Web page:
by Leo Castaneda and Brad Racino | inewsource
On July 21, San Diego sheriff’s deputies in Vista pulled over a 2003 Ford Fusion with a busted taillight. The deputies soon noticed the car had a hollowed rear bumper and a spare set of keys in the car’s door. The console and air filter box were both loose and missing screws.
In their minds, those were all signs of a car being used to smuggle drugs.
The driver, Adrian Lopez, didn’t have a license, but in his wallet were cards of “saints associated with narcotics trafficking,” along with a handwritten prayer referencing Santa Muerte — a narcotics trafficking saint. To the deputies, these were yet more signs of drug trafficking.
Although a drug-sniffing dog “gave a positive alert,” deputies only found a padlocked backpack in the trunk which they opened with the set of keys in the door. Inside was a plastic bag with a sock. Inside the sock, wrapped in a skull and crossbones bandana, was $9,000 in cash.
Deputies seized the cash, which they can do under federal and state asset seizure laws without having to charge Lopez with a crime. Under a federal asset forfeiture program, the federal government can then “adopt” those assets and share the money with the local cops.
On Jan. 2, the office of U.S. Attorney Laura Duffy filed a formal complaint in the case, arguing that based on the evidence and their “training and experience,” “narcotics detectives formed the opinion … that the defendant currency represents the proceeds from the sale and distribution of controlled substances.”
However, the complaint wasn’t filed against Lopez. It was filed against the money itself, in “United States of America vs. $9,000.00 in U.S. Currency.”
That’s because Lopez had not been charged. By suing the money and seeking a civil forfeiture, the government can keep the money without having to prove a crime was committed.
Types of Federal Forfeiture:
Administrative: The government declares assets forfeited without a judge.
Criminal: Assets are forfeited during the course of a criminal prosecution.
Civil: Action is brought against the asset, no criminal charges or convictions of owner needed.
That was one of the ways the process worked until Attorney General Eric Holder ended the federal “adoption” of assets seized by local law enforcement agencies earlier this month. But it doesn’t mean local police are going to come up short.
Law enforcement can still forfeit assets under California’s laws or under federal laws in joint investigations — now there are just a few more hurdles.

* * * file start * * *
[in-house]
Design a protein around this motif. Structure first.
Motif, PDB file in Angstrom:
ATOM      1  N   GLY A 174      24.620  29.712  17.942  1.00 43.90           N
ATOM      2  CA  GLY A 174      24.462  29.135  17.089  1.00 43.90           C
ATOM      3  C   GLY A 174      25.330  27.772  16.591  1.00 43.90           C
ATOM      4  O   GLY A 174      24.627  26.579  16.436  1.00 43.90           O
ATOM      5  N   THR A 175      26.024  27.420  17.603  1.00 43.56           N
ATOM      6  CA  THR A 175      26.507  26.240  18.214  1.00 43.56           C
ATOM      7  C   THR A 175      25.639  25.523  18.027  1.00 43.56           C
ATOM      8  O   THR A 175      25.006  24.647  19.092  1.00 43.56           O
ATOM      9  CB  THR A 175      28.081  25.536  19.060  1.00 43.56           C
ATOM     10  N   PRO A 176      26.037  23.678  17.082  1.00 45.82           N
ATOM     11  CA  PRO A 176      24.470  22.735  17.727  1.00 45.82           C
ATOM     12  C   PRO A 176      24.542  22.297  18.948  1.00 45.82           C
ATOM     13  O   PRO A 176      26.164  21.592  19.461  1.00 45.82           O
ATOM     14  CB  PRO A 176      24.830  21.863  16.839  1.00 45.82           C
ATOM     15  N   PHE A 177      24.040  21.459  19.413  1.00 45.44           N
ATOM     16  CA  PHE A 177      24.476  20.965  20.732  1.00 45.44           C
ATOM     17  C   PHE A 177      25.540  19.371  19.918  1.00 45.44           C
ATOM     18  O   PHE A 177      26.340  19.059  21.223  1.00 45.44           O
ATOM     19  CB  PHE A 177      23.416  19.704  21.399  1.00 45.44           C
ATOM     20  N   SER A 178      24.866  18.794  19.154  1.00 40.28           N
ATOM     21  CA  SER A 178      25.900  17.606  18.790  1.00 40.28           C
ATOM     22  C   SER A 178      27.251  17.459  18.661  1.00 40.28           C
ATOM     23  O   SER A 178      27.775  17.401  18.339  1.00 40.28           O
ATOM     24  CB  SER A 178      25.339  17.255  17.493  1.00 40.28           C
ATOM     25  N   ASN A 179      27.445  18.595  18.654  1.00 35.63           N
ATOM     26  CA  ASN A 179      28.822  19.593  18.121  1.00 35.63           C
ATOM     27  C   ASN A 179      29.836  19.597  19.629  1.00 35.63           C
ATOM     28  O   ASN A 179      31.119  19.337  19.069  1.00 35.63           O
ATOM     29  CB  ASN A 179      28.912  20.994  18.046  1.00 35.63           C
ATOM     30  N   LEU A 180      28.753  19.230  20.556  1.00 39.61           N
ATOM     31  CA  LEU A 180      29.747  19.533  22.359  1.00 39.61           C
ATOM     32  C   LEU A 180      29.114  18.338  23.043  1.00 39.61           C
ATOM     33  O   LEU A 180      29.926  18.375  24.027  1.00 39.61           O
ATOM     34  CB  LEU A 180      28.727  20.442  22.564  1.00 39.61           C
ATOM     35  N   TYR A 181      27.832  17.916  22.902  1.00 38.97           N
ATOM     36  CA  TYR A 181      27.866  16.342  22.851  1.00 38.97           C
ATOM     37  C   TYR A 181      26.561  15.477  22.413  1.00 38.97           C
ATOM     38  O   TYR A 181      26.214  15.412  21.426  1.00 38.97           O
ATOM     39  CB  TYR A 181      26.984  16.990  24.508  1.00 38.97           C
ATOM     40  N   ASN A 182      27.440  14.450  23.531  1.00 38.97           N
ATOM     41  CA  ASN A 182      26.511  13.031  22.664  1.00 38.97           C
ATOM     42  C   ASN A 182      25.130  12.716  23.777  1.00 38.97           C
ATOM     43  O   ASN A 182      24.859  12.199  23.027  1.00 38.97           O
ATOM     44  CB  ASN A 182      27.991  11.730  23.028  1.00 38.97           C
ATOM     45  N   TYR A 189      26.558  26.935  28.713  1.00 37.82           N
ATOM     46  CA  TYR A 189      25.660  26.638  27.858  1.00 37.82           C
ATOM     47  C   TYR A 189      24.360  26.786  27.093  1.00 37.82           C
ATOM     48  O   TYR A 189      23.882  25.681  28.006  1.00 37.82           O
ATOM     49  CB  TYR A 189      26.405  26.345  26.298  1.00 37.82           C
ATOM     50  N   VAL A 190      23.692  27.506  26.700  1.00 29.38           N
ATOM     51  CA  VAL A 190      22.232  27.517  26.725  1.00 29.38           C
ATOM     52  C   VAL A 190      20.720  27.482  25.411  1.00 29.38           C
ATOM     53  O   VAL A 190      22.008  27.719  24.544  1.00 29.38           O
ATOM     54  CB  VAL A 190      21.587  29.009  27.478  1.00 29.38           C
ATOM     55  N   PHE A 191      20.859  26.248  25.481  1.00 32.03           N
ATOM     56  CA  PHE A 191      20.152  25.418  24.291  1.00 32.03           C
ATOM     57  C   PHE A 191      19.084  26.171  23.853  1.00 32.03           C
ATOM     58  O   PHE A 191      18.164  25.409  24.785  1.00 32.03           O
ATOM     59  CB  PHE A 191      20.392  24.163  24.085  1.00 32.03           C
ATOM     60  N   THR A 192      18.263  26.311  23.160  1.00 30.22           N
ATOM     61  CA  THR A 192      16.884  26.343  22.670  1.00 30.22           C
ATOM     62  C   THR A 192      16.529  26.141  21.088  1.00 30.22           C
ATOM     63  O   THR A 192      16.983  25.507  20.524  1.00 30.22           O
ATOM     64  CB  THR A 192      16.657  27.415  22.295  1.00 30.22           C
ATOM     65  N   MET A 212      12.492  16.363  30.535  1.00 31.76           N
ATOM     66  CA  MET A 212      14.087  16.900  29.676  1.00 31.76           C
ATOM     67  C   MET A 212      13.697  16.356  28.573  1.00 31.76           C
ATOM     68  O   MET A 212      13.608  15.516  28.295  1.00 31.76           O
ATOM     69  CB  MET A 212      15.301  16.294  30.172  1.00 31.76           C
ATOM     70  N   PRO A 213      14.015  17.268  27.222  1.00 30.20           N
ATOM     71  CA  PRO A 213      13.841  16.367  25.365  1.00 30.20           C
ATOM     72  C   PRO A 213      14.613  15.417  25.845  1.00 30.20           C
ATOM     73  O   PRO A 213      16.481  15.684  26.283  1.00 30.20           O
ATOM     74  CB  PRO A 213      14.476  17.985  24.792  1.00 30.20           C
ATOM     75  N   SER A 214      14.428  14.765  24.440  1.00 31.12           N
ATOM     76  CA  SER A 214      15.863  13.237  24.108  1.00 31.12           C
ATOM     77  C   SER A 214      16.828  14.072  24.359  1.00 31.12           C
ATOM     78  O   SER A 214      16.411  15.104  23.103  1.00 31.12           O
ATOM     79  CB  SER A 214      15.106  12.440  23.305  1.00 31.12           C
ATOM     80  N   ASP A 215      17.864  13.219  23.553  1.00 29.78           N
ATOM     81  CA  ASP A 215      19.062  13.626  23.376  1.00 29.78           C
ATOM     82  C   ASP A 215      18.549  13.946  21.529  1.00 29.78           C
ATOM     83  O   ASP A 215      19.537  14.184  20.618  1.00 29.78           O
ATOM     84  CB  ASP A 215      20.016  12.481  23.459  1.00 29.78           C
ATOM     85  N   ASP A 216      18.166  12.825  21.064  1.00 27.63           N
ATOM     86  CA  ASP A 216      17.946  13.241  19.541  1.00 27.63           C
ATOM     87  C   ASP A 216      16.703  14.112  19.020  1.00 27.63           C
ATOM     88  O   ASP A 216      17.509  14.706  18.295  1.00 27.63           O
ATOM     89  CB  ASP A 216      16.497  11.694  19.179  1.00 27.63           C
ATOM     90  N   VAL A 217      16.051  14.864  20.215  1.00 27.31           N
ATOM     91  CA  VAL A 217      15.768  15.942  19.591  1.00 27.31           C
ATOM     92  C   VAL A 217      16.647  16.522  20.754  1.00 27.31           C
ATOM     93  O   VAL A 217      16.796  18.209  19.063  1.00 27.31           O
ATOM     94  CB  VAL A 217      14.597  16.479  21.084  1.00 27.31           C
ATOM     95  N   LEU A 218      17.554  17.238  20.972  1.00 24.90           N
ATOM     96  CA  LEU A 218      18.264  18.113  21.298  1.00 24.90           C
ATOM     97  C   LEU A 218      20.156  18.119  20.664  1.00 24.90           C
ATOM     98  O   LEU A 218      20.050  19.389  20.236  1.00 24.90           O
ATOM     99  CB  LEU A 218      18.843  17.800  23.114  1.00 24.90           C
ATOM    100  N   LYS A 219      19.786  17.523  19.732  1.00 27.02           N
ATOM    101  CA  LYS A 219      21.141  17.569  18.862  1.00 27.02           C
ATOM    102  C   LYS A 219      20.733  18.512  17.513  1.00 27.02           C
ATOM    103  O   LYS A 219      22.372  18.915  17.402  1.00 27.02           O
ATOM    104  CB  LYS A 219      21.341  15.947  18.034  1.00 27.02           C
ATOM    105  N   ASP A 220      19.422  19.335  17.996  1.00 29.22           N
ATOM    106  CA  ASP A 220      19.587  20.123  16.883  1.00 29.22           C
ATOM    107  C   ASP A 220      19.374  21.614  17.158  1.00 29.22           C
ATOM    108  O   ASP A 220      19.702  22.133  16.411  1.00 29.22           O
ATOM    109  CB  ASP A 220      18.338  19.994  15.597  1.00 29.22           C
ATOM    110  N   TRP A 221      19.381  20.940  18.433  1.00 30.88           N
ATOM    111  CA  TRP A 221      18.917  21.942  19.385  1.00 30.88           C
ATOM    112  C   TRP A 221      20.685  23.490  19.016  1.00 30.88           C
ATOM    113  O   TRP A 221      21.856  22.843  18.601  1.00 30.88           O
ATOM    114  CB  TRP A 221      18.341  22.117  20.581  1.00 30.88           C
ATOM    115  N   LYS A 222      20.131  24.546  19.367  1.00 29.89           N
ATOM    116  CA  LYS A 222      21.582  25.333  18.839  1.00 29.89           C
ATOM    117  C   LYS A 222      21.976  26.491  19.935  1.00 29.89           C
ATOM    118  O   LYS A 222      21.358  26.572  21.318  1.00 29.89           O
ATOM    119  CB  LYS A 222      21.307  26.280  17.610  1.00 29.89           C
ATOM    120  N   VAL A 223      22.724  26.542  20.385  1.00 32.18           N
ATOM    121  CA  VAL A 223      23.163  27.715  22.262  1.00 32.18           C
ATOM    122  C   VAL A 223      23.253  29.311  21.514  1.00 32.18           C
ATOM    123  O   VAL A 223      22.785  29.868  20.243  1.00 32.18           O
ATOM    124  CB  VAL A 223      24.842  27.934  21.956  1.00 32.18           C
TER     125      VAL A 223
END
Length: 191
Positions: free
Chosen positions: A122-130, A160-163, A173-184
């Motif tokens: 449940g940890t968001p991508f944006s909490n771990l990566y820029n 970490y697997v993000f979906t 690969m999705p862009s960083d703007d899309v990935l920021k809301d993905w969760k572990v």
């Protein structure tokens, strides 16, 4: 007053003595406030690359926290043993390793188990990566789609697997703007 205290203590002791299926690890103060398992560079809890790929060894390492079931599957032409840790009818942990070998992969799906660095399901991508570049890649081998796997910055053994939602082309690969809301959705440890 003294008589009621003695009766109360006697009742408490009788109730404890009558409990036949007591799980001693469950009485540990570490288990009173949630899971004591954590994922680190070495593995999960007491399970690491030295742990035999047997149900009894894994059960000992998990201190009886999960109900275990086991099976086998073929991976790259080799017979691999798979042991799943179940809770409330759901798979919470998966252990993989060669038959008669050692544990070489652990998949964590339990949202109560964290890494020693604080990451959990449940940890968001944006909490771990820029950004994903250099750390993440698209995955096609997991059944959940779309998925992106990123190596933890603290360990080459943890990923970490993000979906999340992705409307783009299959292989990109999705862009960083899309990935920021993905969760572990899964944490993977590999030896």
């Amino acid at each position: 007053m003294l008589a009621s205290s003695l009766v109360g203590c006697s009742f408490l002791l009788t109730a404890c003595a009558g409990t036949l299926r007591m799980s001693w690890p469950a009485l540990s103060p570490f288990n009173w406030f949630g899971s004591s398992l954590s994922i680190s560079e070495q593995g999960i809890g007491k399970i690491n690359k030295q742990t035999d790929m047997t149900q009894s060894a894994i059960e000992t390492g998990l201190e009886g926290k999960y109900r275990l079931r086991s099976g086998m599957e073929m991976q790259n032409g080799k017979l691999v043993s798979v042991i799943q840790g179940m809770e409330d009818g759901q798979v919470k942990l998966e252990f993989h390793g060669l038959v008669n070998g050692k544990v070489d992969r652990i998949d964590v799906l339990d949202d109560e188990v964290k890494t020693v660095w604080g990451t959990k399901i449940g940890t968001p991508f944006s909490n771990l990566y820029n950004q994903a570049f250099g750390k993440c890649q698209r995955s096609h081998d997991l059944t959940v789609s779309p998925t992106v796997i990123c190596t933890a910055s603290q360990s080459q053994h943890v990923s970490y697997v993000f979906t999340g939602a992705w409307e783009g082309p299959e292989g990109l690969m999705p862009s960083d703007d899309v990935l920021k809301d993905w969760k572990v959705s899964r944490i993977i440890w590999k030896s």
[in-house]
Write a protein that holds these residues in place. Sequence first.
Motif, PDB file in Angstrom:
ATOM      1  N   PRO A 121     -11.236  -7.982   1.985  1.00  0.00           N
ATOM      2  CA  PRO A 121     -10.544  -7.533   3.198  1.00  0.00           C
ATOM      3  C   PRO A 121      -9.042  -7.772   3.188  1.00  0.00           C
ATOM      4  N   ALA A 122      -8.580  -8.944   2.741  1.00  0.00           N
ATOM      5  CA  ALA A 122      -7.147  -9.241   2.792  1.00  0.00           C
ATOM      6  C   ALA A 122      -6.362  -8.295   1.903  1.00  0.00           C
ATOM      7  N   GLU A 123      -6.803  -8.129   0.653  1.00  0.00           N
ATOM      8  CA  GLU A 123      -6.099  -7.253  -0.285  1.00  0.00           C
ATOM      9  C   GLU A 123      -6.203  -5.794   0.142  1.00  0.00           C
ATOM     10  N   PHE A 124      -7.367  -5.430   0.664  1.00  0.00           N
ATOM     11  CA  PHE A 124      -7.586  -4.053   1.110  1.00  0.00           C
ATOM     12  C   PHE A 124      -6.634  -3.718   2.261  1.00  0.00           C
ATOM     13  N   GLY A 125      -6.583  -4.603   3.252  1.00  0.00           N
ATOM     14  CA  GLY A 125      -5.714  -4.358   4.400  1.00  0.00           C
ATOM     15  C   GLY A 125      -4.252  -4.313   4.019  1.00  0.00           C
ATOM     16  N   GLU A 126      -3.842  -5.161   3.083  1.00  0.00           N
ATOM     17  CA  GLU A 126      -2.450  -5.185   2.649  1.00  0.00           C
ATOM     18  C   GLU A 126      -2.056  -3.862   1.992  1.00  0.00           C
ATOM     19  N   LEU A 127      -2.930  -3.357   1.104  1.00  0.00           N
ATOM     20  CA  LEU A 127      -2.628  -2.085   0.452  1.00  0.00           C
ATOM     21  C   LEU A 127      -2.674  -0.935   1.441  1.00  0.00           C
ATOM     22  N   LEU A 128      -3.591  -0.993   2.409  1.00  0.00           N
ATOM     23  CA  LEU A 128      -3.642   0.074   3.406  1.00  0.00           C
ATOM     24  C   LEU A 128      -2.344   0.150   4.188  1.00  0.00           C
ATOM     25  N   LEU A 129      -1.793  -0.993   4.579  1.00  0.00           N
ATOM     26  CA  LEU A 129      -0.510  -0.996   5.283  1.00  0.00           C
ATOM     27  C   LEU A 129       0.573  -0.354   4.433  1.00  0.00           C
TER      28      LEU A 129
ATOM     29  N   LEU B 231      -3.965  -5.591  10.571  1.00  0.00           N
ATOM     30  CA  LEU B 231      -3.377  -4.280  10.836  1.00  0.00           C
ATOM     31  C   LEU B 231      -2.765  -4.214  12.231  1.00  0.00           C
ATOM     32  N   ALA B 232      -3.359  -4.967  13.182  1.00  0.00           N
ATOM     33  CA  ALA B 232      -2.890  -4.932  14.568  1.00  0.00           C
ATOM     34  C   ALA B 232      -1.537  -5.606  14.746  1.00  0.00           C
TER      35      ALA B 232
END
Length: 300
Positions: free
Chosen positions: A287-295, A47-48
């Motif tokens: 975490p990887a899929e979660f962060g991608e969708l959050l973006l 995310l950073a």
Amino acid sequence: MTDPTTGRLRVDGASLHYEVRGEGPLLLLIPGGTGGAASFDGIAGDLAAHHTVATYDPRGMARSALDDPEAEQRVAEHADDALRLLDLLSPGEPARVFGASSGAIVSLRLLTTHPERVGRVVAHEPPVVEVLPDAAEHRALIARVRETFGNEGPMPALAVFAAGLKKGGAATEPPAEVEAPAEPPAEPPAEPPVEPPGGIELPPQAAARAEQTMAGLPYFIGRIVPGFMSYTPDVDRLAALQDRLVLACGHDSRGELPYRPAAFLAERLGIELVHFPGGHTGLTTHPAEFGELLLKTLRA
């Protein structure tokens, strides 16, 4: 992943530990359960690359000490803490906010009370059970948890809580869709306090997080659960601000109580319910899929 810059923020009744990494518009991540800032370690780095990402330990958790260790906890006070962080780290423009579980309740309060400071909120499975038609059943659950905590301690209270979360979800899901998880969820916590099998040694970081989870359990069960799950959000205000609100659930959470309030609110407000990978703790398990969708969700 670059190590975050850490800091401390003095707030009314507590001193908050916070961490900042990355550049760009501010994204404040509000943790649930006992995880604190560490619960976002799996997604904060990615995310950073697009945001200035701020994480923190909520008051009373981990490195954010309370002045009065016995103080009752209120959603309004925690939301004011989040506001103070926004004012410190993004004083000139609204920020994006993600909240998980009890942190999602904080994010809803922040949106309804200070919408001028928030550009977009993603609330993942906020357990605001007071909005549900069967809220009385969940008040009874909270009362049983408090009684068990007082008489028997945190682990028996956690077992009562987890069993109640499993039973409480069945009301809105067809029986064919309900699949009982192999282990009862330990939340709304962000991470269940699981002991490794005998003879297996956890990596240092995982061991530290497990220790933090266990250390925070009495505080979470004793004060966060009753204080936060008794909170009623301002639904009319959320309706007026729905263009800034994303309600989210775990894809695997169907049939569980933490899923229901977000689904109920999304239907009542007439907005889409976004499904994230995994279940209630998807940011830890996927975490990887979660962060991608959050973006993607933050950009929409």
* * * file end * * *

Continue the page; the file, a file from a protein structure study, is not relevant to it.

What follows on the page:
In the past, federal prosecutors only needed a “preponderance of the evidence” connecting the $9,000 in the backpack to a crime in order to keep it.
Since Holder’s announcement, local law enforcement agencies will have to rely on California’s asset forfeiture laws. Under those rules, the Sheriff’s Department will need a criminal conviction against Lopez before it could forfeit the $9,000.
However, the more money an individual has when apprehended the fewer protections he or she has. If Lopez had been pulled over with more than $25,000 in his backpack, law enforcement wouldn’t need a criminal conviction for a civil forfeiture of the money. In fact, the law enforcement agency seeking the forfeiture wouldn’t even need a preponderance of evidence of a crime, just “clear and convincing evidence.”
San Diego police and prosecutors have netted about $30 million since 2007 under the federal asset forfeiture process, called Equitable Sharing.
Local law enforcement agencies get as much as 80 percent of forfeited money. They used it for equipment such as mobile command vehicles and “throwbots,” as well as overtime and salaries for electronic surveillance investigations.
inewsource organized San Diego County records of those purchases, including line item descriptions of major purchases and expenses supporting community-based programs here. Those records were released by The Washington Post earlier this month.
Cases like “U.S.A vs. $9,000” are a subset of asset forfeitures where the federal government “adopts” seized assets. According to an estimate by Reason magazine, adoptions account for less than 14 percent of the money local law enforcement agencies received from the program. The other 86 percent are forfeitures from sources like assets seized during joint operations or shared task forces.